Thank You for Your Help!

January/February 2009


I

By Rand Sompayrac, 2009 HBAV president

would like to offer my most sincere appreciation to Henry Stephens, HBAV’s 2008 president, for successfully leading us through a very difficult year. He has been a tremendous leader for our association, and we are most grateful for his dedicated service and steady leadership. Stephens has made many lasting contributions to HBAV and our success. His leadership began by implementing a very conservative 2008 budget and, as a result, HBAV will continue to Rand Sompayrac be well positioned to offer its many wonderful member services well into the future. He also insisted on HBAV’s continued support for the EarthCraft House, a green building program. As a result, HBAV has

simple way for members to enhance their support of HBAV and the organization’s representation of the industry before state lawmakers and state regulators. The most important initiative of Stephen’s administration was the very constructive and sincere proffer reform legislation also known as Senate Bill 768. This proposed legislation is a work in progress and continues to be studied by the General Assembly. I pledge to continue the fight on the proffer reform legislation and all the above issues that HBAV and Stephens so successfully championed. With the holidays a recent memory and a new beginning upon us, 2009 promises to be a very challenging year. At the national level, we welcome the installation of a new president who has promised change. Positive change is necessary but without increased government regulation and burdensome oversight. What is needed is a monetary stimulus package that, unlike the $7,500 tax credit (or loan) that needs to be repaid, would be a substantial amount I pledge to continue the fight on the proffer and would be a true tax credit reform legislation and all the issues that HBAV without payback. What would also be very helpful to the housing and Stephens so successfully championed. industry would be a low — very low — 30-year fixed-rate been recognized for its early commitloan program available to home buyers for ment to energy conservation by its many a short period of time. Please check out constituencies, including key members of www.fixhousingfirst.com for details. the state legislature. To date, more than As a state trade association, we monitor 1,100 builders in Virginia have attended a the business activity of all six regions of our day-long class to learn about the energystate. It is widely reported across the state efficient construction techniques of an that there has been a severe contraction EarthCraft home. in home sales and associated home price In 2008, Stephens encouraged HBAV to declines due to the credit crisis. Therefore, embrace and support Virginia’s EasyLiving it is conflicting to me how local and state Home program. That program encourages elected leaders cannot understand the home builders in Virginia to build accessible correlation between the housing slowdown and visitable housing for our aging and and the decreased revenue stream they disabled population. That program is the are experiencing. right program for the coming marketplace These leaders should relieve our industry and Virginia’s home builders will provide the of the most burdensome regulations that housing stock to meet that demand. inhibit growth and the excess fees that state Stephens also created a formal annual and county governments so freely place on sponsorship program. The program, which our industry. We have been saying for years consists of four levels of sponsorships, that growth is beneficial and the current includes many valuable benefits for both state of the Commonwealth reflects the builder and associate members. It creates a failed policies of the no-growth crowd. January/February 2009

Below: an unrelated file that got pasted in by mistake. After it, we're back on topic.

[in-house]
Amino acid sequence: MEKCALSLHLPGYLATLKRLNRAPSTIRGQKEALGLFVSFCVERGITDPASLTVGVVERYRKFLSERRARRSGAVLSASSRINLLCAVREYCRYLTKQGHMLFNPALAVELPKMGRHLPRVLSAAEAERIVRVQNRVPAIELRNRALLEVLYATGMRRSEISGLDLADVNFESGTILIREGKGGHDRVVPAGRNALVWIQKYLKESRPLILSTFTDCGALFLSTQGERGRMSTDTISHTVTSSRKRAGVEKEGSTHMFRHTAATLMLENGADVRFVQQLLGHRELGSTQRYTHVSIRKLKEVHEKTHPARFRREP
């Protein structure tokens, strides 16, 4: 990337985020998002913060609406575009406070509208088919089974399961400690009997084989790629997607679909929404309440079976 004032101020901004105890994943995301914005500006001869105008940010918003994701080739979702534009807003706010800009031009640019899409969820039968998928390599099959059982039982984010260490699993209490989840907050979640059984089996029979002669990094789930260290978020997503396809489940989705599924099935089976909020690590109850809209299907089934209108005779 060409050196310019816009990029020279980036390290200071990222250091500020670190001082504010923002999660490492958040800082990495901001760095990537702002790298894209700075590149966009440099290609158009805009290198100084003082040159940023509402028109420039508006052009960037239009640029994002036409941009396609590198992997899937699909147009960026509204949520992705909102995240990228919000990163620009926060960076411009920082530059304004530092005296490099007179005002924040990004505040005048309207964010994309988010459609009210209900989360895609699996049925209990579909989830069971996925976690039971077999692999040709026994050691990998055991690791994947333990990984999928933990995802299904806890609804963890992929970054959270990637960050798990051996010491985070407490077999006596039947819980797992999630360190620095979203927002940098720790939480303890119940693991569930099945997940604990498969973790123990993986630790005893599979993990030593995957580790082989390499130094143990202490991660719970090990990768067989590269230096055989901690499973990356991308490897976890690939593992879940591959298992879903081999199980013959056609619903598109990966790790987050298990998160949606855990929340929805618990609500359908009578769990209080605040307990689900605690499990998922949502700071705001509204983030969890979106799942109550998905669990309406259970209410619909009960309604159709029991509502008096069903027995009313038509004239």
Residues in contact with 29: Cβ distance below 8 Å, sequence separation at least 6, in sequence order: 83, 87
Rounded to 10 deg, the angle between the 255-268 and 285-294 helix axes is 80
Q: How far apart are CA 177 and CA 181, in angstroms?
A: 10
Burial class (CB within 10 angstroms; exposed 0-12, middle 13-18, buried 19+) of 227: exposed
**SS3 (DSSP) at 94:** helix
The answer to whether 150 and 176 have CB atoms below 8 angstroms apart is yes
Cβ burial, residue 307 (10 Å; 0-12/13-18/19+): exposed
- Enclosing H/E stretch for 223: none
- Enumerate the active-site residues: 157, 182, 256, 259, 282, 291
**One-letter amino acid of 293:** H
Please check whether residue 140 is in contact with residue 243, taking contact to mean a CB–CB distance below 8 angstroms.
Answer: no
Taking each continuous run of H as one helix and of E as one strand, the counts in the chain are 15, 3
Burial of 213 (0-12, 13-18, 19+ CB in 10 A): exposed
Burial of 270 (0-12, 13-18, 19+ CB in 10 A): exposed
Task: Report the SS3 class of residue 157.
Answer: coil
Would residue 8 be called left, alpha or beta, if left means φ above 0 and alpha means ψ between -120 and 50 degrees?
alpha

With a national stimulus package tailored to aid potential home buyers and builder-friendly localities, I’m confident that 2009 will be the year that our industry resumes creating jobs and generating wealth. VAB

This liTTle piggy wenT To help some people who reAlly neeDeD iT.

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Virginia Builder   3

president’s perspective Sponsored by Dominion

To rev up the industry National stimulus package would go a long way


HBAV prepares 2009 legislative agenda

Budget shortfall, election-year antics to dominate the short session